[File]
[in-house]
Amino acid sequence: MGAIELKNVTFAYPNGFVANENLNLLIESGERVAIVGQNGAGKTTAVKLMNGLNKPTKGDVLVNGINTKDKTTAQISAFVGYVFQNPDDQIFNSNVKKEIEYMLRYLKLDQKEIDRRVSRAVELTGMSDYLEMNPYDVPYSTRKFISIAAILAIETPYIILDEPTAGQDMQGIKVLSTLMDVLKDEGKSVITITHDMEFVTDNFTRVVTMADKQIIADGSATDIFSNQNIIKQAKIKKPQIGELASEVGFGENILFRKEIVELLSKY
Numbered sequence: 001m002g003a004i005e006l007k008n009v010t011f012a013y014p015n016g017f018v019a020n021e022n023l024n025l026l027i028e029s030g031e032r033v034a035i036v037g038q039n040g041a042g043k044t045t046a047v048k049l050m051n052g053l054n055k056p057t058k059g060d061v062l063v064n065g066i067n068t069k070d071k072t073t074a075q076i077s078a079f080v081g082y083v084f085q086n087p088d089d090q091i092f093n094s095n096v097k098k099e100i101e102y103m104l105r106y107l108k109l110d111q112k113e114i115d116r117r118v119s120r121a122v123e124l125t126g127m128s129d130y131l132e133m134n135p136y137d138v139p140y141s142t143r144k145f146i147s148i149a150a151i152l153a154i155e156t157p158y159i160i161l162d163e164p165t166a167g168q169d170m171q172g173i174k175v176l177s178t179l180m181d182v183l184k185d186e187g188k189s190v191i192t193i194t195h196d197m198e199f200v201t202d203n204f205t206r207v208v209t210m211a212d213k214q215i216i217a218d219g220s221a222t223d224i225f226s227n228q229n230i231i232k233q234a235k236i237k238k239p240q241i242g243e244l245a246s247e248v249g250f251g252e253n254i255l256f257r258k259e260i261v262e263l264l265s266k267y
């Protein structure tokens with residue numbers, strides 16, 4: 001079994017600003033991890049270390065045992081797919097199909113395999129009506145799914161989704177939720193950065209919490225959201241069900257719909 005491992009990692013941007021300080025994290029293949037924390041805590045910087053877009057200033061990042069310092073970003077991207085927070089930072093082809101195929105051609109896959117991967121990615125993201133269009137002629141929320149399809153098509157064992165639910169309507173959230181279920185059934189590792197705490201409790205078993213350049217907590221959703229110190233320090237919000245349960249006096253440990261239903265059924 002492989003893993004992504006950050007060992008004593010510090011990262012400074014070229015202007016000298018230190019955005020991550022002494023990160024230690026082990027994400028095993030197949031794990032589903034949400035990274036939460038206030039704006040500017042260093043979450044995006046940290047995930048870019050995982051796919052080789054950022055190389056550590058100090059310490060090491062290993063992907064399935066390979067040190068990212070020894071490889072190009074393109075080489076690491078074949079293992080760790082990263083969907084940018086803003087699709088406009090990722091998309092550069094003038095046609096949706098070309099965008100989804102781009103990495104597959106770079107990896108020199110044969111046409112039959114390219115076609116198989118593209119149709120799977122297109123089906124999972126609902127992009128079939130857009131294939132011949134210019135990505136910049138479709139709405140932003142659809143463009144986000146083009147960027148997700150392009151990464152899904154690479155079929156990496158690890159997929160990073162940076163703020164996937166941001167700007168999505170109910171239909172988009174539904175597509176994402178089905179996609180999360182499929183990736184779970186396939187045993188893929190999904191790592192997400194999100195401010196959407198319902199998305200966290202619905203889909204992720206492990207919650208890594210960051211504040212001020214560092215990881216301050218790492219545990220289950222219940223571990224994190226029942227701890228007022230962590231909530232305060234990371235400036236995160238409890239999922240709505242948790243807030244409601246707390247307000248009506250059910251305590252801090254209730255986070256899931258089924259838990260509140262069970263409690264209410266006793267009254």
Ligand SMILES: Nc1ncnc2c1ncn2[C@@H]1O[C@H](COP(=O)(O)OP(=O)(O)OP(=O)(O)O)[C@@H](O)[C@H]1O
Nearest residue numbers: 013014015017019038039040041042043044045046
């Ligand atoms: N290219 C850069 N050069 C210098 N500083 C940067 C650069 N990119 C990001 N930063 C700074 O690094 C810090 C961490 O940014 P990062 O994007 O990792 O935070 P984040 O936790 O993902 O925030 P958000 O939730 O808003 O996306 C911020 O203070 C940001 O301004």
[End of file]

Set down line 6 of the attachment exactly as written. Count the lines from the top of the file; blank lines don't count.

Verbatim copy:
Nearest residue numbers: 013014015017019038039040041042043044045046